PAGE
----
Unless you're a genuine tennis fan, it's unlikely you can recall a single doubles match. There are some obvious reasons doubles doesn't draw more fans. It's harder to build allegiances to shifting teams than to a single player. And doubles suffers from a lack of star power. Once, this wasn't the case. John McEnroe, Martina Navratilova, Arthur Ashe - all regularly played doubles. Now, few top players, under pressure to keep pace with the inexorable rise in the game's physicality, can risk an injury moonlighting in doubles.
But there's something deeper at work. People spend more time playing doubles than watching it for a reason. It parallels too closely the struggles of our own lives: working with others; toiling in the shadows; getting second billing. Not getting paid enough. Maybe we don't watch doubles because we are all doubles players. When we're relaxing on our couches, it's the escape into the fantasy of singles tennis that we want, with its amplified and simplified clash.
And so we forget that doubles is such excellent theatre. With two players trolling the net and the other two staying back, the 'butterfly shape' (as David Foster Wallace described it) of today's baseline-heavy singles game splinters into some cubist sketch as angles proliferate and tactical options multiply. It's as if the game has been projected through some cosmic kaleidoscope, everything fractured, more colourful, more complicated, perhaps even more beautiful.
If you persevered in watching doubles, you would have seen something memorable. It was last Saturday, the second round of mixed doubles at this year's Open. The best mixed doubles team in the world, Liezel Huber and Bob Bryan, were playing Jack Sock and Melanie Oudin, two American teenagers on the fragile cusp of promising careers. What I expected to be a shellacking turned into a match so tight I could barely breathe. What was most compelling wasn't how Oudin and Sock manhandled their opponents, but how they behaved toward each other.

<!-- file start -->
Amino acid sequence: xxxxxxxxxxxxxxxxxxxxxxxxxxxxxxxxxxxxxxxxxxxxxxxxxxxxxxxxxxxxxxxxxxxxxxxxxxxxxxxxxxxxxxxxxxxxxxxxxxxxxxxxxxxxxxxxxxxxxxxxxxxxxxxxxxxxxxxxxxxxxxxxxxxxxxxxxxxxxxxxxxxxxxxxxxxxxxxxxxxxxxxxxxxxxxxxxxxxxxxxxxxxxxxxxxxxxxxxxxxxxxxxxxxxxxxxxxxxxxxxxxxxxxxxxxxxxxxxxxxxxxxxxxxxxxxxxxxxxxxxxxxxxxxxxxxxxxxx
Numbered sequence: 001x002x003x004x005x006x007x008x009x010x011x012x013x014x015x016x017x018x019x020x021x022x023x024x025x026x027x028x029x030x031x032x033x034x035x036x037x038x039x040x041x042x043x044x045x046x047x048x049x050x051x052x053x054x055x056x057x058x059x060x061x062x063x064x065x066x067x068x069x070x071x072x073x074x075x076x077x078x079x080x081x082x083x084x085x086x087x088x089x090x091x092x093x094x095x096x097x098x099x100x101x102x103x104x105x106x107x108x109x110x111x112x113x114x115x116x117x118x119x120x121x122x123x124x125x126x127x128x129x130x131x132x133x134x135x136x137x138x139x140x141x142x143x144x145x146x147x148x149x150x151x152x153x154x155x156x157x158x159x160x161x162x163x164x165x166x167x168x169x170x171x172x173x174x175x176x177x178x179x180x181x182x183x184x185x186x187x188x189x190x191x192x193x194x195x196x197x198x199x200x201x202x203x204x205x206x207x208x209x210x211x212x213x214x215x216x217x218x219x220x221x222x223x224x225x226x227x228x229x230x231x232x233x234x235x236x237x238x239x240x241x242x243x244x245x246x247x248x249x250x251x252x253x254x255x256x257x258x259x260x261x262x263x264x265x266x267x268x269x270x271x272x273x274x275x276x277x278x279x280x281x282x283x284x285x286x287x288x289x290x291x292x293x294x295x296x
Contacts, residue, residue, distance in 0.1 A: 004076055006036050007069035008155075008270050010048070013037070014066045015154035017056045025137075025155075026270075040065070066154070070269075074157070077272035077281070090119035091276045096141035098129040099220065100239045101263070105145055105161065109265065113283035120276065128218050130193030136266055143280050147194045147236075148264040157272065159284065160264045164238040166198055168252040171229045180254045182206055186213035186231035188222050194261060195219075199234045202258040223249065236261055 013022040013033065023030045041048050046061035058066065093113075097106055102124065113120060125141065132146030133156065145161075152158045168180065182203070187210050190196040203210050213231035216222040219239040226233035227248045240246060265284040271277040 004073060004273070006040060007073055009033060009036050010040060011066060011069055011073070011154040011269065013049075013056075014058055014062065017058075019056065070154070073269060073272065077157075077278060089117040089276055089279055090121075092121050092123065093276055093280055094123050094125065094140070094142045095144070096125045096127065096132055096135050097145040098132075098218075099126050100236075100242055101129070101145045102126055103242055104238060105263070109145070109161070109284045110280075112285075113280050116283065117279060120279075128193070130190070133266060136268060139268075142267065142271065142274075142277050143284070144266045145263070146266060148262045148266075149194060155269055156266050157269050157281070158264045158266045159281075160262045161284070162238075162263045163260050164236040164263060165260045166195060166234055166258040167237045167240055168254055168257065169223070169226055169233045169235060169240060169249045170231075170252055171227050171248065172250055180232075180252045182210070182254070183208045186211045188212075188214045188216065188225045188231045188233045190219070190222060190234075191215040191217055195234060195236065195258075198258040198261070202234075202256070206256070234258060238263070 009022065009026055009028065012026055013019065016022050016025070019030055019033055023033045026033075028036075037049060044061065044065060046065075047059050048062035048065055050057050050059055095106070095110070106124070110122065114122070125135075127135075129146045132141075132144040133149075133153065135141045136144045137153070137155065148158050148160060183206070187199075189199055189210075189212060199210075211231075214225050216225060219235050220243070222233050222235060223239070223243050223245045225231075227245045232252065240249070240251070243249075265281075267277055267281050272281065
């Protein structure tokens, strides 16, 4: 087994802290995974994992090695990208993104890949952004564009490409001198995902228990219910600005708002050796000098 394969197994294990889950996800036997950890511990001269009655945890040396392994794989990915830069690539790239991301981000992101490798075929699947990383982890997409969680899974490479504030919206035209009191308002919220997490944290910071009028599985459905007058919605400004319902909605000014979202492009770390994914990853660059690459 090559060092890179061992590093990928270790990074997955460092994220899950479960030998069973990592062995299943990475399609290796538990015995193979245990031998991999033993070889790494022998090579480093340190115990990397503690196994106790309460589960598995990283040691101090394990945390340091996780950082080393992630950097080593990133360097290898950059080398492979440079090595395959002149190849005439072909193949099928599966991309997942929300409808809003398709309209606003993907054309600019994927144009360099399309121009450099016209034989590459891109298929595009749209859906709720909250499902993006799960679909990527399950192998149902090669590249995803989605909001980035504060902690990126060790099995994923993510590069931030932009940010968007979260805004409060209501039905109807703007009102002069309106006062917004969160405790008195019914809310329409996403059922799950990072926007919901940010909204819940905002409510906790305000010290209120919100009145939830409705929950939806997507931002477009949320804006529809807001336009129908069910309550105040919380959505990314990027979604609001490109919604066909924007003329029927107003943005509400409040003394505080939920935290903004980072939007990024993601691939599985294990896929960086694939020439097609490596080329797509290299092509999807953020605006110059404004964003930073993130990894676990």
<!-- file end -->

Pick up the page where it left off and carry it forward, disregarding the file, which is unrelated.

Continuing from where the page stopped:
After each point, they smiled coyly, giggling. On changeovers, they chatted until one took a sip of water, at which point the other would too, as if to avoid any awkward silence. They looked like two freshmen on a first date. The whole thing was so endearing I forgot about the Serena Williams and Mardy Fish matches I'd been yearning to see. Best of all, Sock and Oudin played 65 minutes of unbelievable tennis, and won. Later, in the mixed doubles finals, they won their first Grand Slam together.
It's sad that more tennis fans didn't tune in. But it's sadder still to think that Sock and Oudin played so well they'll soon, like many before them, cease playing doubles at all. Doubles players don't set out to be doubles players. They are almost always excellent singles players who, for one reason or another, find themselves temporarily failing to excel. But that's one of the things I love about doubles. It allows players who may not be stars on their own to keep doing what they love, and sometimes lets them win. There's a lesson here. It's called teamwork. It gets things done that you can't do alone.
New York Times
The views expressed by the author are personal